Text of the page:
Cybersecurity Needs Communication, Not Legislation, Says ISA Lecturer Andy Green
KENNESAW, Ga. (May 17, 2018) — For Information Security and Assurance Lecturer Andy Green, the State of Georgia’s recent high profile cybersecurity issues have created a teachable moment for his students and for the public at large.
The ransomware attack on the City of Atlanta, the ongoing concerns about information security at MARTA, and the state legislature’s attempts to criminalize non-malicious unauthorized computer access have all sparked tough conversations in Green’s classroom – and across the state – about how secure computer data can realistically be kept.
Green, who spent years overseeing network and data security as a private consultant, says that while these incidents illustrate the importance of strong data security, they also underscore the reality that data is never 100 percent secure.
“You’ve got to understand that with technology, security is not the destination,” he says. “Usability is. The question is how do we partner those two things in such a way that users understand the risks they are taking, are not surprised when something happens, and know how to protect themselves.”
One of Green’s goals as an educator is not just to teach his students to communicate potential data security issues to their clients, but to do so without condescending or negatively affecting how clients use the affected software.
“Computer folks and security folks are not the best at public relations,” he says. “We can’t walk around saying the sky is falling every day. We’ve got to find a way to communicate our concerns with people in a way that shows we understand that they want to pay their water bill in the morning wearing their pajamas.”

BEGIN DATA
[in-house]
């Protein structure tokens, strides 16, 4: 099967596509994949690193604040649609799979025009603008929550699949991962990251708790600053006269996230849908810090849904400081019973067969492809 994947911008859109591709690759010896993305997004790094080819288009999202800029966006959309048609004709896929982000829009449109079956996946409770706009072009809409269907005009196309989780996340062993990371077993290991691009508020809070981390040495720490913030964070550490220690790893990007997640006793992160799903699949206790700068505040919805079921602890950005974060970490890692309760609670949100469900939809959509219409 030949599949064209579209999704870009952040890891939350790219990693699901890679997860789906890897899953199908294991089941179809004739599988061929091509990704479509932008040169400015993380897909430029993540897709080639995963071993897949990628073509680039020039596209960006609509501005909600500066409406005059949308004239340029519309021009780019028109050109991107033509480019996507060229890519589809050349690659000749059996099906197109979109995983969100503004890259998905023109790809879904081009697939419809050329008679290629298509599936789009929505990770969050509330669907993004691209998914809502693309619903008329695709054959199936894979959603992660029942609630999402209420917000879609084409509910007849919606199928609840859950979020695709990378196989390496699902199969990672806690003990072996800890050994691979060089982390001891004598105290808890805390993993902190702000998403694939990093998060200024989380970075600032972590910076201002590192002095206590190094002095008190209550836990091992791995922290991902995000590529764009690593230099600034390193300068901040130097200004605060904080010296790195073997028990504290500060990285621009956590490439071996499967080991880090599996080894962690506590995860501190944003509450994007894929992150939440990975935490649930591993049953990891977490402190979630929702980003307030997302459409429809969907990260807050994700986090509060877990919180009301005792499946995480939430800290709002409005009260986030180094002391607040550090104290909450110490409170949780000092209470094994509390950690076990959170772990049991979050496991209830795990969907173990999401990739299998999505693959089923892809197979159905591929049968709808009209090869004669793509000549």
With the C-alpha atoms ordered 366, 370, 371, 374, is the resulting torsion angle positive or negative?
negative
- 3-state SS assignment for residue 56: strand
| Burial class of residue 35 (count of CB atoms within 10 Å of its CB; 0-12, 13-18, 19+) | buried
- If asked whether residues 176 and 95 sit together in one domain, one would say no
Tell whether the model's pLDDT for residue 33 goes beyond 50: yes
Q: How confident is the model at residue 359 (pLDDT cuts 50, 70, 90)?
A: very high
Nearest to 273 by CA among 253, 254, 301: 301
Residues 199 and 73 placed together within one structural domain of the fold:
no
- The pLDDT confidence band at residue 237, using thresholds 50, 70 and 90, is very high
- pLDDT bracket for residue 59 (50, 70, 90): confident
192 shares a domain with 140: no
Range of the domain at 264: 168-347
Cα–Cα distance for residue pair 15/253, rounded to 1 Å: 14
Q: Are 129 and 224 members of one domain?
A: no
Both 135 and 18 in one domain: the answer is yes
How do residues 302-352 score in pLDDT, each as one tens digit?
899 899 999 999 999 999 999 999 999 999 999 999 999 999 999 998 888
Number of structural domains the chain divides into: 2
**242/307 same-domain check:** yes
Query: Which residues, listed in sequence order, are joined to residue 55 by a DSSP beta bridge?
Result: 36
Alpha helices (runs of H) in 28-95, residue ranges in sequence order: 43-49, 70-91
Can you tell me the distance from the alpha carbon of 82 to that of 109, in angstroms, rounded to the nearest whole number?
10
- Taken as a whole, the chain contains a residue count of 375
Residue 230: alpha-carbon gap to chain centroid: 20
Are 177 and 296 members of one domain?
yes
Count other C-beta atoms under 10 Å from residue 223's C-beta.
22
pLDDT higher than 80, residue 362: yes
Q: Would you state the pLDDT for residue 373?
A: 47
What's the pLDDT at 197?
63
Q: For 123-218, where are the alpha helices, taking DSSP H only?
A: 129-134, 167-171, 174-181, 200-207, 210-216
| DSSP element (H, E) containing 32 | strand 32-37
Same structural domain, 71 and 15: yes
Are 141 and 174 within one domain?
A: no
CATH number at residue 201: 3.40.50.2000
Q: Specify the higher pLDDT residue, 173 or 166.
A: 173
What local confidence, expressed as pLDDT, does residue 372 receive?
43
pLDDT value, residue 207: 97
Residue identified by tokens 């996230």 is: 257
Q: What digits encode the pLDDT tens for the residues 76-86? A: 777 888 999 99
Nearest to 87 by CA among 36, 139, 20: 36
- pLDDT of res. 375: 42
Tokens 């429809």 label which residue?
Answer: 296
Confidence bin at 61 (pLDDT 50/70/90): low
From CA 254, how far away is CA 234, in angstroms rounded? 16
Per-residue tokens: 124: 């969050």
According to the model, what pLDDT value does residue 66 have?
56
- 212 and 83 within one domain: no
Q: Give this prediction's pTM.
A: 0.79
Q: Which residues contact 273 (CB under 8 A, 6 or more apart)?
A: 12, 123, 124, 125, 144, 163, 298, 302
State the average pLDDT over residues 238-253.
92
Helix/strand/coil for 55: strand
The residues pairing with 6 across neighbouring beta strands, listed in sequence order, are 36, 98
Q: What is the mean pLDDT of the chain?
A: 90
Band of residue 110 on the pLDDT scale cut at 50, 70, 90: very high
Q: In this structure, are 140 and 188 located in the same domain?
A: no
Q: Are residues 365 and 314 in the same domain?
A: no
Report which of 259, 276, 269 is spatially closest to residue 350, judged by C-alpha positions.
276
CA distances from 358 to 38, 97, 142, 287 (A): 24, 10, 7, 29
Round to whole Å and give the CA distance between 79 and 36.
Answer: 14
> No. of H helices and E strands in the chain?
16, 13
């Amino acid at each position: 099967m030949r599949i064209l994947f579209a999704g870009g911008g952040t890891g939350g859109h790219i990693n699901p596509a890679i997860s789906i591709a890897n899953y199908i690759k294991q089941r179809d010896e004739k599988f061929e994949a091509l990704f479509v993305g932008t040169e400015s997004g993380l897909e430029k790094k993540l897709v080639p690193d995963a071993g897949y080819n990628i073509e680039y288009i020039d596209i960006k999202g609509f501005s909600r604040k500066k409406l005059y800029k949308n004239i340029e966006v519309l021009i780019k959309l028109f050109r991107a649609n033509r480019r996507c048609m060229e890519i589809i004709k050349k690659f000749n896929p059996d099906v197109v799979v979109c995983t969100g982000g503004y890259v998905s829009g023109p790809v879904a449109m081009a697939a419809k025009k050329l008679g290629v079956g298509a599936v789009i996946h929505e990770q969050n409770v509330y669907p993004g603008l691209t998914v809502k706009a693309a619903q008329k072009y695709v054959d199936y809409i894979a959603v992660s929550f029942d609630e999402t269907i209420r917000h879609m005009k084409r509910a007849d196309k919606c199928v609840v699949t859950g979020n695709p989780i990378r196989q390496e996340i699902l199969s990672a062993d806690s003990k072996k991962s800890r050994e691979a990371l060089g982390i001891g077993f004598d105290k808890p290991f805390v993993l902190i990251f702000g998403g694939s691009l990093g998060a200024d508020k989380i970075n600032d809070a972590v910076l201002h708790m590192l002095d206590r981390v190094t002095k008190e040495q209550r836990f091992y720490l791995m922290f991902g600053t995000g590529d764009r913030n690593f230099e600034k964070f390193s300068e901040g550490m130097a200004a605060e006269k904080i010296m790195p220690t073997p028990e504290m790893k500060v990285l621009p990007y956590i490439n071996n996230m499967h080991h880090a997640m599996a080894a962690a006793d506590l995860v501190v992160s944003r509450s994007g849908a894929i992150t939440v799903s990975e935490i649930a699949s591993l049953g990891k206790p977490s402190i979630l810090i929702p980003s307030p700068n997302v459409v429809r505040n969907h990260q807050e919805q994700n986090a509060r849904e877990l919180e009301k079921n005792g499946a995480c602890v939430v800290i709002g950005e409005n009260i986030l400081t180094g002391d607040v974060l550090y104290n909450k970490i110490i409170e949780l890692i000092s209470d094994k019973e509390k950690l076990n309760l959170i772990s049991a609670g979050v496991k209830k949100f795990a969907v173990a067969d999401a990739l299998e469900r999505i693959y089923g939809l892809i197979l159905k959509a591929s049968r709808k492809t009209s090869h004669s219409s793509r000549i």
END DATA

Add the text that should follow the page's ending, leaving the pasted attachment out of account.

Engaging with the Media
The recent news headlines surrounding Georgia’s cybersecurity challenges have given Green a platform to discuss rational, common sense data security practices with a wider audience. Throughout the last two years, Green has been featured in media outlets ranging from local television stations to national organizations like CNBC, Fox News, and Slate.com.
Green’s relationship with the media began in 2016 when 11Alive reporter Richard Belcher received an anonymous tip detailing shortcomings in MARTA’s data security program, including a lack of policies surrounding incident response and disaster recovery. Belcher reached out to Green, who explained how the shortcomings left MARTA vulnerable to attack.
Since then, Green has become a regular source for journalists looking to discuss cybersecurity issues in everyday language, which is how he helped break the Atlanta ransomware attack story earlier this year.
When a cyberattack crippled the computer systems of five City of Atlanta departments, 11Alive reporter Kaitlyn Ross contacted Green with a copy of a ransom note the city had received demanding $51,000 to return control. Green helped Ross identify the incident as a variant to the popular SamSam ransomware attack carried out against businesses, governments, and healthcare organizations across the country.
With many in the media criticizing the City of Atlanta for spending an estimated $2.7 million to recover the lost data rather than paying the comparatively low-priced ransom, Green explained that the more expensive option could potentially save money down the road.
“If, as part of that $2.7 million, the city is not just recovering day-to-day operations, but also taking steps to improve their overall security posture, then is that good spend?” he asks. “I think that’s a completely different argument than if they are spending $2.7 million just to recover.”